The payments – which No 10 says will go further than the simple reimbursement of costs incurred – will “resolve the anxiety and problems” they have suffered, the prime minister said.
More than 280 people have so far contacted a Home Office helpline for members of the Windrush generation with concerns about their migration status, prompting speculation the bill could run to millions.
Closing the Commonwealth summit, Ms May acknowledged the scandal that has overshadowed the event – caused by her own tough immigration rules, critics say.
Referring to her meetings with fellow Commonwealth leaders, she said: “I gave an absolute commitment that the United Kingdom government would do whatever it takes – including, where appropriate, payment of compensation – to resolve the anxiety and problems which some of the Windrush generation have suffered.
“These people are British, they are part of us they helped to build Britain and we are all the stronger for their contributions.”
The row began when it emerged that some Windrush immigrants – who moved to the UK between 1940s to 1970s – had lost their jobs, been refused medical care or been threatened with deportation as they did not have the right documentation.
Downing Street said the payments would go beyond “reimbursement of any legal fees” run up in trying to prove a right to remain in the UK to recognise the pain inflicted by the debacle. Further details will be announced next week.
It means the prime minister’s comments go further than her apology in the Commons on Wednesday, in which she said only: “There will be no cost to them; nobody will be out of pocket as a result.”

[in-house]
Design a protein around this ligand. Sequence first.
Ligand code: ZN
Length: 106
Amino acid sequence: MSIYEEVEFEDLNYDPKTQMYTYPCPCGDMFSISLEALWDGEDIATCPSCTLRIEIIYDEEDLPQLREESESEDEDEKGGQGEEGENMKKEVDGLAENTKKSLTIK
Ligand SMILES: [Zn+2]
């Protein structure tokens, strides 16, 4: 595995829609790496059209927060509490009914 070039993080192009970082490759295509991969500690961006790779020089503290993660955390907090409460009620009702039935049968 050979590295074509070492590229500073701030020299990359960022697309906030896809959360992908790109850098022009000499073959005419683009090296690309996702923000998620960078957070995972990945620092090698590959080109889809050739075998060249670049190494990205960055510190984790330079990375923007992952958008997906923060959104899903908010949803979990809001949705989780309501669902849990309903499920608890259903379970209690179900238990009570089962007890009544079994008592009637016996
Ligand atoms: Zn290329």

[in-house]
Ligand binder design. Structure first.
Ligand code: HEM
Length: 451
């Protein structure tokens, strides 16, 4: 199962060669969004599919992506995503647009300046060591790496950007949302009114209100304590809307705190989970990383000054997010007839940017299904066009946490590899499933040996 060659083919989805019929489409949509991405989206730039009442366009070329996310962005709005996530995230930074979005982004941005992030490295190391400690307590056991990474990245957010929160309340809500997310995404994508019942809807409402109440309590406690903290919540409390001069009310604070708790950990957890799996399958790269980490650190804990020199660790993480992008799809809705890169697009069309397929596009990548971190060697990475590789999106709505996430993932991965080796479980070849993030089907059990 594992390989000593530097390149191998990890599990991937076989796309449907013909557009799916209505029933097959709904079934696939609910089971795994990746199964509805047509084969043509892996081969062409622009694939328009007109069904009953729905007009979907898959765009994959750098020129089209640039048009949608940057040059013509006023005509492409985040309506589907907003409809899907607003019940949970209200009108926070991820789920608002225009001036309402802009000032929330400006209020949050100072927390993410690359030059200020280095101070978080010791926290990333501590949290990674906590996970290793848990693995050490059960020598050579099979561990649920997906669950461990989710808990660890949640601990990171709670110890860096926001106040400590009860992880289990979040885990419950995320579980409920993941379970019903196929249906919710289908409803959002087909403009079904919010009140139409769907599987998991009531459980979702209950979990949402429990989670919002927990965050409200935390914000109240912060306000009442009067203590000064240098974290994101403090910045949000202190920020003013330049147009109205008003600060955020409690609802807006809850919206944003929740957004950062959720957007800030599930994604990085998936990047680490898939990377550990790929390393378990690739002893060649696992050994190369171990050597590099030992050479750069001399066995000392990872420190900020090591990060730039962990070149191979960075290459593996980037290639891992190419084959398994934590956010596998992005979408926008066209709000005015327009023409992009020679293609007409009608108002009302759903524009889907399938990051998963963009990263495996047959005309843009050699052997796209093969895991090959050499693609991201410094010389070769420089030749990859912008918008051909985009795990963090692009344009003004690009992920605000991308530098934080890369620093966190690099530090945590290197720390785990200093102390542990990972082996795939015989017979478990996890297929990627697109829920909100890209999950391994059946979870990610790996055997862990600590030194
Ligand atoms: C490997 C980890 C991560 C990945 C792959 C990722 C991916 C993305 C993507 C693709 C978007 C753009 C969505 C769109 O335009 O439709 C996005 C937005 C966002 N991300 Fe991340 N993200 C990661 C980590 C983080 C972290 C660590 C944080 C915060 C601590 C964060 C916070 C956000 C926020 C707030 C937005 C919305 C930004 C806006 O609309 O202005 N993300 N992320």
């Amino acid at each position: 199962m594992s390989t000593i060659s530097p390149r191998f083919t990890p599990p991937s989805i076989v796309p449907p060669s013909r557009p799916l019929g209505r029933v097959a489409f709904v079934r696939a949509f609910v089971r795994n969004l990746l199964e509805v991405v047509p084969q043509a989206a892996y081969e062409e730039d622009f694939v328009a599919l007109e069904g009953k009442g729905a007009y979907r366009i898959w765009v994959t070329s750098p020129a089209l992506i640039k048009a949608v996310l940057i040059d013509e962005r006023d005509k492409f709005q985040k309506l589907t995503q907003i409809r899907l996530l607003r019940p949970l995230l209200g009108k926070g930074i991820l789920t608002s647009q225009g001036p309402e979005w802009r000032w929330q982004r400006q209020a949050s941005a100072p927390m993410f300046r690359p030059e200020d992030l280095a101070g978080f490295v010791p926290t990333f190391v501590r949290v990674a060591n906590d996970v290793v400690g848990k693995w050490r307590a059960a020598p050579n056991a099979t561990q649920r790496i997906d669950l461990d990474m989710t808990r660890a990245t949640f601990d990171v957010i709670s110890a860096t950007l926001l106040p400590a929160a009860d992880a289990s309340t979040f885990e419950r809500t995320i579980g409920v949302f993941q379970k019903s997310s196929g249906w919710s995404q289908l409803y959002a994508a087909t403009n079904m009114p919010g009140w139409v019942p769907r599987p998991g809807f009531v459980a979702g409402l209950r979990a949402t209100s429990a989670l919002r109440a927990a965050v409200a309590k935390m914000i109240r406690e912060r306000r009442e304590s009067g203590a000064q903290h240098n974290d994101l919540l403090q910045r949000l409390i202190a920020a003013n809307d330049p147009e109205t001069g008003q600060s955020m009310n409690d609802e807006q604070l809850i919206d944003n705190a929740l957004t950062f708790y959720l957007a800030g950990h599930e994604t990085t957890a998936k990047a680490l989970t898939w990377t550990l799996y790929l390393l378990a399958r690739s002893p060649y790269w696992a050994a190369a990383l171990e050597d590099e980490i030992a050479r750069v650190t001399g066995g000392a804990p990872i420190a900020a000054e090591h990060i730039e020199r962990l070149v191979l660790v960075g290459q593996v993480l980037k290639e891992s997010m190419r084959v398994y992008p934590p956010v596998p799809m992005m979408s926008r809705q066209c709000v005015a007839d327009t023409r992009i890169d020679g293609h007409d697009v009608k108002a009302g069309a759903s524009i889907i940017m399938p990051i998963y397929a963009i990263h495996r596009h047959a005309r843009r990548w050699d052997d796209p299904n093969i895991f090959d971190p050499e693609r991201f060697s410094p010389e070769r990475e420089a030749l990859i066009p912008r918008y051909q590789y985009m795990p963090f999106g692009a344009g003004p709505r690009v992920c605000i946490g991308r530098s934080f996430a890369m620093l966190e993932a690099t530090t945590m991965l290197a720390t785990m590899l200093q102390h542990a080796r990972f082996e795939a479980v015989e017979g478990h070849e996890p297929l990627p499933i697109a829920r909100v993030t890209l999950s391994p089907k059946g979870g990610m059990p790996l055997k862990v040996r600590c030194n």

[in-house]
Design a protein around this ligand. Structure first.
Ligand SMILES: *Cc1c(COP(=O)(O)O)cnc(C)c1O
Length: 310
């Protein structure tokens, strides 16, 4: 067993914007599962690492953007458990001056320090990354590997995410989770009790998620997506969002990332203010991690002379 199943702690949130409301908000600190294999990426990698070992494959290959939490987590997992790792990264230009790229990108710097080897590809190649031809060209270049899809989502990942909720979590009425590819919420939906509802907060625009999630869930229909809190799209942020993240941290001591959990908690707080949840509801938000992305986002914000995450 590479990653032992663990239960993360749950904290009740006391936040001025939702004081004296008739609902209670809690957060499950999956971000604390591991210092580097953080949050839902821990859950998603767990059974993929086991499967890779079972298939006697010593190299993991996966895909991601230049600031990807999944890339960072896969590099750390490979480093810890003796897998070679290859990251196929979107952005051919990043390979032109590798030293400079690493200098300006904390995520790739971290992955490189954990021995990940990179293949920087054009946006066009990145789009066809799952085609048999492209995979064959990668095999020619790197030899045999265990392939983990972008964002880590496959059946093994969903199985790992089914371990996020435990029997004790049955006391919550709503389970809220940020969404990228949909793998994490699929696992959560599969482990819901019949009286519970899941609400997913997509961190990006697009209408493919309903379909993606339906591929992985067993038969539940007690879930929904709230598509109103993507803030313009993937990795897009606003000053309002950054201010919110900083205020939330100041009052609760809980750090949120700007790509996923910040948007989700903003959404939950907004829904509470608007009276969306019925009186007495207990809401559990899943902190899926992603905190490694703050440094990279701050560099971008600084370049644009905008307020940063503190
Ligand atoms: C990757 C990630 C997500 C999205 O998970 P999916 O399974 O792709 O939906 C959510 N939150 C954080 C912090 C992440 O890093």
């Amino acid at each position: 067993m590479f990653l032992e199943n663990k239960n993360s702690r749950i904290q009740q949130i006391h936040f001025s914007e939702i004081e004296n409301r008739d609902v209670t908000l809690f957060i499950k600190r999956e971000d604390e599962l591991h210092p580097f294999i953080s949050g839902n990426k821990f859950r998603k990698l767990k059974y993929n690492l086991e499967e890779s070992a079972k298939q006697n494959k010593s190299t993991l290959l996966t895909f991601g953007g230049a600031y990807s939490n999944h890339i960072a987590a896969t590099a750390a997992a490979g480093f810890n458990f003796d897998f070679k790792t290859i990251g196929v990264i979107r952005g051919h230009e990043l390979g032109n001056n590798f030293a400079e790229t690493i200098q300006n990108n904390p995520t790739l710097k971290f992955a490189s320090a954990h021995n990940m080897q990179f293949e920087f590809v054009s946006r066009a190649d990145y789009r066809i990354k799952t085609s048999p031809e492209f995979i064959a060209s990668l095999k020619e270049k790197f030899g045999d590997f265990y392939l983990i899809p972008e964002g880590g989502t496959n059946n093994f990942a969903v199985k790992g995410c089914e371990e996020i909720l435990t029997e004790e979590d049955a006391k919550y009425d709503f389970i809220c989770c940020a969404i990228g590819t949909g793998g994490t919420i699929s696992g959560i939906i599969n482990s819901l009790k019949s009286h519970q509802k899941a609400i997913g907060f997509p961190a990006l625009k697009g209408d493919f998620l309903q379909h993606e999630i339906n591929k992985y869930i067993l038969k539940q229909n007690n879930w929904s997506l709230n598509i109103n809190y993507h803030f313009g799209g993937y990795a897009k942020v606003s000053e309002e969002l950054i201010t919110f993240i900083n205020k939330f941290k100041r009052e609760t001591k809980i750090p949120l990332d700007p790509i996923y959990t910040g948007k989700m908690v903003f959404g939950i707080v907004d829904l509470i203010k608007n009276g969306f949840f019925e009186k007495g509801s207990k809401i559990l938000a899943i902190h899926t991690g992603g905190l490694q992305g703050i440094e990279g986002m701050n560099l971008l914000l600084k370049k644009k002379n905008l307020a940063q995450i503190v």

The Grenadian prime minister, Keith Mitchell, called for “serious compensation” for people affected and said there was “no question” that Ms May should do more to help.
Speaking to reporters afterwards, he said: “Clearly it’s something which is vibrating strongly in the Caribbean region as a whole.
“Many of our people came here and helped to build Britain, under conditions that were set for them. For me, it’s very unfair for them to be treated in the way they have been treated.
“The word compensation came out today – that was highly significant, extremely important. It’s not just, ‘I’m sorry.’
“People lost a lot, people suffered a lot of pain, and they must be given an opportunity to correct this – some serious compensation.
“If not the person, if they’ve gone, then the families who have suffered too.”
Ms May’s pledge, at the close of the Commonwealth Heads of Government Meeting, came after more examples emerged of long-standing UK residents barred from returning to the country.
Gretel Gocan, 81, told Channel 5 she had been stuck in Jamaica since 2010, unable to return to her south London home after taking a holiday to visit family.
Former NHS nurse Icilda Williams, who moved back to Jamaica in 1996 after 34 years in Bradford, said her annual visits to the UK to see her children had been halted since 2014 after she was denied a visa.
Jeremy Corbyn demanded Ms May go further by apologising for the “hostile environment” policy she introduced, requiring suspected illegal immigrants to prove their right to be in the UK before receiving services.
“She’s the one that ordered the vans to go around telling immigrants to go home,” said Mr Corbyn. “She’s the one that created that nasty atmosphere.
“What’s happening is something quite disgusting. People that have given their lives to this country, to our health service, to our education system, our transport system are suddenly being told to go home.”
Mr Corbyn dismissed claims from Ms May’s former adviser, Nick Timothy, that the then home secretary had opposed the deployment of vans telling illegal immigrants to “go home”, which he said was imposed when she was away on holiday.
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